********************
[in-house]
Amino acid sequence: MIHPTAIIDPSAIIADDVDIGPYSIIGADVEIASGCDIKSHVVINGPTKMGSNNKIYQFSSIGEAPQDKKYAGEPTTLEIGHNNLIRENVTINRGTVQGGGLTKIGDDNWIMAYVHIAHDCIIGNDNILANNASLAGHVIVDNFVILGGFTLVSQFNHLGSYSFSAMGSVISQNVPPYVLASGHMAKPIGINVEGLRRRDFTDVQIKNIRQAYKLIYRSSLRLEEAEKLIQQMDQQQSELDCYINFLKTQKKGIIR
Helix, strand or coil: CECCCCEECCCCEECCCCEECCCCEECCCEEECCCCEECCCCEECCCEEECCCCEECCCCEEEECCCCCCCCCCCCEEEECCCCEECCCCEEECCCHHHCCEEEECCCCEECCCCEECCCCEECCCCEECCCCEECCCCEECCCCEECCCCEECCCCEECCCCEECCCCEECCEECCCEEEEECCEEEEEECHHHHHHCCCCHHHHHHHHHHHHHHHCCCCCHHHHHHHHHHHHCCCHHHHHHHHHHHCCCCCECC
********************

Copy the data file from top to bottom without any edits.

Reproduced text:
[in-house]
Amino acid sequence: MIHPTAIIDPSAIIADDVDIGPYSIIGADVEIASGCDIKSHVVINGPTKMGSNNKIYQFSSIGEAPQDKKYAGEPTTLEIGHNNLIRENVTINRGTVQGGGLTKIGDDNWIMAYVHIAHDCIIGNDNILANNASLAGHVIVDNFVILGGFTLVSQFNHLGSYSFSAMGSVISQNVPPYVLASGHMAKPIGINVEGLRRRDFTDVQIKNIRQAYKLIYRSSLRLEEAEKLIQQMDQQQSELDCYINFLKTQKKGIIR
Helix, strand or coil: CECCCCEECCCCEECCCCEECCCCEECCCEEECCCCEECCCCEECCCEEECCCCEECCCCEEEECCCCCCCCCCCCEEEECCCCEECCCCEEECCCHHHCCEEEECCCCEECCCCEECCCCEECCCCEECCCCEECCCCEECCCCEECCCCEECCCCEECCCCEECCCCEECCEECCCEEEEECCEEEEEECHHHHHHCCCCHHHHHHHHHHHHHHHCCCCCHHHHHHHHHHHHCCCHHHHHHHHHHHCCCCCECC